LOGIN TO YOUR ACCOUNT

Username
Password
Remember Me
Or use your Academic/Social account:

CREATE AN ACCOUNT

Or use your Academic/Social account:

Congratulations!

You have just completed your registration at OpenAire.

Before you can login to the site, you will need to activate your account. An e-mail will be sent to you with the proper instructions.

Important!

Please note that this site is currently undergoing Beta testing.
Any new content you create is not guaranteed to be present to the final version of the site upon release.

Thank you for your patience,
OpenAire Dev Team.

Close This Message

CREATE AN ACCOUNT

Name:
Username:
Password:
Verify Password:
E-mail:
Verify E-mail:
*All Fields Are Required.
Please Verify You Are Human:
fbtwitterlinkedinvimeoflicker grey 14rssslideshare1
Mullis, AM (2015)
Publisher: American Institute of Physics
Languages: English
Types: Article
Subjects:
The accepted view on dendritic side-branching is that side-branches grow as the result of selective amplification of thermal noise and that in the absence of such noise dendrites would grow without the development of side-arms. However, recently there has been renewed speculation about dendrites displaying deterministic side-branching [see, e.g., M. E. Glicksman, Metall. Mater. Trans A 43, 391 (2012)]. Generally, numerical models of dendritic growth, such as phase-field simulation, have tended to display behaviour which is commensurate with the former view, in that simulated dendrites do not develop side-branches unless noise is introduced into the simulation. However, here, we present simulations that show that under certain conditions deterministic side-branching may occur. We use a model formulated in the thin interface limit and a range of advanced numerical techniques to minimise the numerical noise introduced into the solution, including a multigrid solver. Spontaneous side-branching seems to be favoured by high undercoolings and by intermediate values of the capillary anisotropy, with the most branched structures being obtained for an anisotropy strength of 0.03. From an analysis of the tangential thermal gradients on the solid-liquid interface, the mechanism for side-branching appears to have some similarities with the deterministic model proposed by Glicksman.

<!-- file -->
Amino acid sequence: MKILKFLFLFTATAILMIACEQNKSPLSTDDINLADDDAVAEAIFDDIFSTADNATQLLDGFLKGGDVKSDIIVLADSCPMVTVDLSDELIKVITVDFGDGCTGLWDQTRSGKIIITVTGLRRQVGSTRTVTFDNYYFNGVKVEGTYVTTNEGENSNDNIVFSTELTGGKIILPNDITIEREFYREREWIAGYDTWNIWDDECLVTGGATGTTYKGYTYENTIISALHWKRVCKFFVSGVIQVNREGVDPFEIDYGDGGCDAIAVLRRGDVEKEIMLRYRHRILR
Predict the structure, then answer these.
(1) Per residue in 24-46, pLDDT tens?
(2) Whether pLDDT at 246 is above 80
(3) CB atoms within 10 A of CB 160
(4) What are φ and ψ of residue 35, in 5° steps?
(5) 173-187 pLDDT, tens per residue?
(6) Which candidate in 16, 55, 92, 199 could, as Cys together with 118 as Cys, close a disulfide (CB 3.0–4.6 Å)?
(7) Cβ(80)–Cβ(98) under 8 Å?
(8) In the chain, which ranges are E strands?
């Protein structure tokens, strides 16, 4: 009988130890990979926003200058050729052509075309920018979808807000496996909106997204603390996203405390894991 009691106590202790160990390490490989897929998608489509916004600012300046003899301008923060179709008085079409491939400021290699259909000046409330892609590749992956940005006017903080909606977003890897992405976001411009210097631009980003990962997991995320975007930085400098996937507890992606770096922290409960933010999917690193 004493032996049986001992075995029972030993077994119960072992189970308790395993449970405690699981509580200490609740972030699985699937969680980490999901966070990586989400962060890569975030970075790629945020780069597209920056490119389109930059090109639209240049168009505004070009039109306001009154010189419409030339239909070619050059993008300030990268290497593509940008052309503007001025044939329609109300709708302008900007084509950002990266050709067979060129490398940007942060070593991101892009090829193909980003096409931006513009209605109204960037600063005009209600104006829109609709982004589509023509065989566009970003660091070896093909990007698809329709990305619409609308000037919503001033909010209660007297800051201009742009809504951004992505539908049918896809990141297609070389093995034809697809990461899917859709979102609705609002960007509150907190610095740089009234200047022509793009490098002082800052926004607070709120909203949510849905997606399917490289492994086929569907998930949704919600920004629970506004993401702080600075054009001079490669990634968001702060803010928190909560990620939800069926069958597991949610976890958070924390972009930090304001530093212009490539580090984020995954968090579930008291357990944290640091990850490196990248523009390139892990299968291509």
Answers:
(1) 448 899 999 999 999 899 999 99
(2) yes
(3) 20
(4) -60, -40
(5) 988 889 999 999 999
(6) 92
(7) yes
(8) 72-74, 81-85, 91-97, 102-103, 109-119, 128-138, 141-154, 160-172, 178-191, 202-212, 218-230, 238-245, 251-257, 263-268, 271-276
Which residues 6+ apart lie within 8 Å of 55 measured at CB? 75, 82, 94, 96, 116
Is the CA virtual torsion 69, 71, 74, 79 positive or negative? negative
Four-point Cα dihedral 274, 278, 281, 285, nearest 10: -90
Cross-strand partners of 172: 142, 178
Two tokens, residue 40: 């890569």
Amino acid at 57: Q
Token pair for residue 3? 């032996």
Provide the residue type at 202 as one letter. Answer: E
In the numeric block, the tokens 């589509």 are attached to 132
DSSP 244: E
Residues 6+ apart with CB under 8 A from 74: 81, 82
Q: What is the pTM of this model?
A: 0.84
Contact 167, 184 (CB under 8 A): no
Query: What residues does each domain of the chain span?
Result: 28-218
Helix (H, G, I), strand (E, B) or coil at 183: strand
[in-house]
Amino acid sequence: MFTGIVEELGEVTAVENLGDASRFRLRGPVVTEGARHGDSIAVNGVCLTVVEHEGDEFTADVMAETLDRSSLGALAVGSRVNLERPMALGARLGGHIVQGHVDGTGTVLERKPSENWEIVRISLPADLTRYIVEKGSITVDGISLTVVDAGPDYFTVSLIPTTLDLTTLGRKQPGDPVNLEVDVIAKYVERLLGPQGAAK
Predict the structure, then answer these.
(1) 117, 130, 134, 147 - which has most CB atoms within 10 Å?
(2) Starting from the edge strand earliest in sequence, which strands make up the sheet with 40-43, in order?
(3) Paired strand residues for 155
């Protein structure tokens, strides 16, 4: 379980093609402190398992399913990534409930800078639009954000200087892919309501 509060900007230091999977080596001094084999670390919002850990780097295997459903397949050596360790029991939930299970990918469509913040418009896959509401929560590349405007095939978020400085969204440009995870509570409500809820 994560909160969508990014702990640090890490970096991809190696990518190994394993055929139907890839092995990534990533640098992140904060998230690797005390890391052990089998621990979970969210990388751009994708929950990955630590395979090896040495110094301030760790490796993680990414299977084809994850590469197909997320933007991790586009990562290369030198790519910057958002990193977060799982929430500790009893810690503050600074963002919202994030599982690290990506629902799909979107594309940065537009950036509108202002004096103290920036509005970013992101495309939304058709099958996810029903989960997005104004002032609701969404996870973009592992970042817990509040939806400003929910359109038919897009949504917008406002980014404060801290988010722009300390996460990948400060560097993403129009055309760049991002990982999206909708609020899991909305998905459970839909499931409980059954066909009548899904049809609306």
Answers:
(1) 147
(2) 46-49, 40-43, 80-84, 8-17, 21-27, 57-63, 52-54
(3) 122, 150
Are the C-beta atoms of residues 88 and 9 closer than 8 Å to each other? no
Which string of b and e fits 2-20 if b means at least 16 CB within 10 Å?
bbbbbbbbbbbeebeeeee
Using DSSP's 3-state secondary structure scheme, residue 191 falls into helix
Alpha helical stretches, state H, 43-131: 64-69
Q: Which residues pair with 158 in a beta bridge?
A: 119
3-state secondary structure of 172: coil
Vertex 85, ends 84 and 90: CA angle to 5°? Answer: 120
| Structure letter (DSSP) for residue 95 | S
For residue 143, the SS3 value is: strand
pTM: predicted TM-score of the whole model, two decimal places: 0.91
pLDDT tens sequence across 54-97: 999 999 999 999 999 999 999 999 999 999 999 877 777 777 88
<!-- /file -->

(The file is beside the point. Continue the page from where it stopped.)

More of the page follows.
Share - Bookmark

Cite this article